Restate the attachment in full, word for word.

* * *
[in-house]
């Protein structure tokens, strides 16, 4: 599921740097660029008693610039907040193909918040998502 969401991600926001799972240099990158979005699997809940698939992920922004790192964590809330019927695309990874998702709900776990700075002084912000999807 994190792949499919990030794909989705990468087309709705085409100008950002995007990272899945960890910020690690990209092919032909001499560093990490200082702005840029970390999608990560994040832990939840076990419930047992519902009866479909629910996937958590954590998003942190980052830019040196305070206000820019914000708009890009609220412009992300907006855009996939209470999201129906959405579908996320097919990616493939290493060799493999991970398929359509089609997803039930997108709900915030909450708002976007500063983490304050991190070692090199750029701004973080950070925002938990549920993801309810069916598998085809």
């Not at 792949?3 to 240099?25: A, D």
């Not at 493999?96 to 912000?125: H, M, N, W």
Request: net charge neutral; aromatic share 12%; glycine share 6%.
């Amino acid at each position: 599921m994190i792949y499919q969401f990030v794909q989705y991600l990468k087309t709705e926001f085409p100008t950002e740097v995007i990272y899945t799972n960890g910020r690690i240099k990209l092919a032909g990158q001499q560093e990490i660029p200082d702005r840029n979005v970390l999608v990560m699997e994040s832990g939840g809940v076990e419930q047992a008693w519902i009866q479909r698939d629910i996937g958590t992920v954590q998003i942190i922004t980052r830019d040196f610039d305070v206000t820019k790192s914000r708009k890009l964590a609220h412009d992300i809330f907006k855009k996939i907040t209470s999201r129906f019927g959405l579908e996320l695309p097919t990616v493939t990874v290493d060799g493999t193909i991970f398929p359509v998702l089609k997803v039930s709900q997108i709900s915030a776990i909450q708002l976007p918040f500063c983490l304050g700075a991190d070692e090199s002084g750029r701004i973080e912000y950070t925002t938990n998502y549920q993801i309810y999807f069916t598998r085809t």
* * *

[in-house]
């Protein structure tokens, strides 16, 4: 599921740097660029008693610039907040193909918040998502 969401991600926001799972240099990158979005699997809940698939992920922004790192964590809330019927695309990874998702709900776990700075002084912000999807 994190792949499919990030794909989705990468087309709705085409100008950002995007990272899945960890910020690690990209092919032909001499560093990490200082702005840029970390999608990560994040832990939840076990419930047992519902009866479909629910996937958590954590998003942190980052830019040196305070206000820019914000708009890009609220412009992300907006855009996939209470999201129906959405579908996320097919990616493939290493060799493999991970398929359509089609997803039930997108709900915030909450708002976007500063983490304050991190070692090199750029701004973080950070925002938990549920993801309810069916598998085809």
């Not at 792949?3 to 240099?25: A, D």
């Not at 493999?96 to 912000?125: H, M, N, W």
Request: net charge neutral; aromatic share 12%; glycine share 6%.
């Amino acid at each position: 599921m994190i792949y499919q969401f990030v794909q989705y991600l990468k087309t709705e926001f085409p100008t950002e740097v995007i990272y899945t799972n960890g910020r690690i240099k990209l092919a032909g990158q001499q560093e990490i660029p200082d702005r840029n979005v970390l999608v990560m699997e994040s832990g939840g809940v076990e419930q047992a008693w519902i009866q479909r698939d629910i996937g958590t992920v954590q998003i942190i922004t980052r830019d040196f610039d305070v206000t820019k790192s914000r708009k890009l964590a609220h412009d992300i809330f907006k855009k996939i907040t209470s999201r129906f019927g959405l579908e996320l695309p097919t990616v493939t990874v290493d060799g493999t193909i991970f398929p359509v998702l089609k997803v039930s709900q997108i709900s915030a776990i909450q708002l976007p918040f500063c983490l304050g700075a991190d070692e090199s002084g750029r701004i973080e912000y950070t925002t938990n998502y549920q993801i309810y999807f069916t598998r085809t």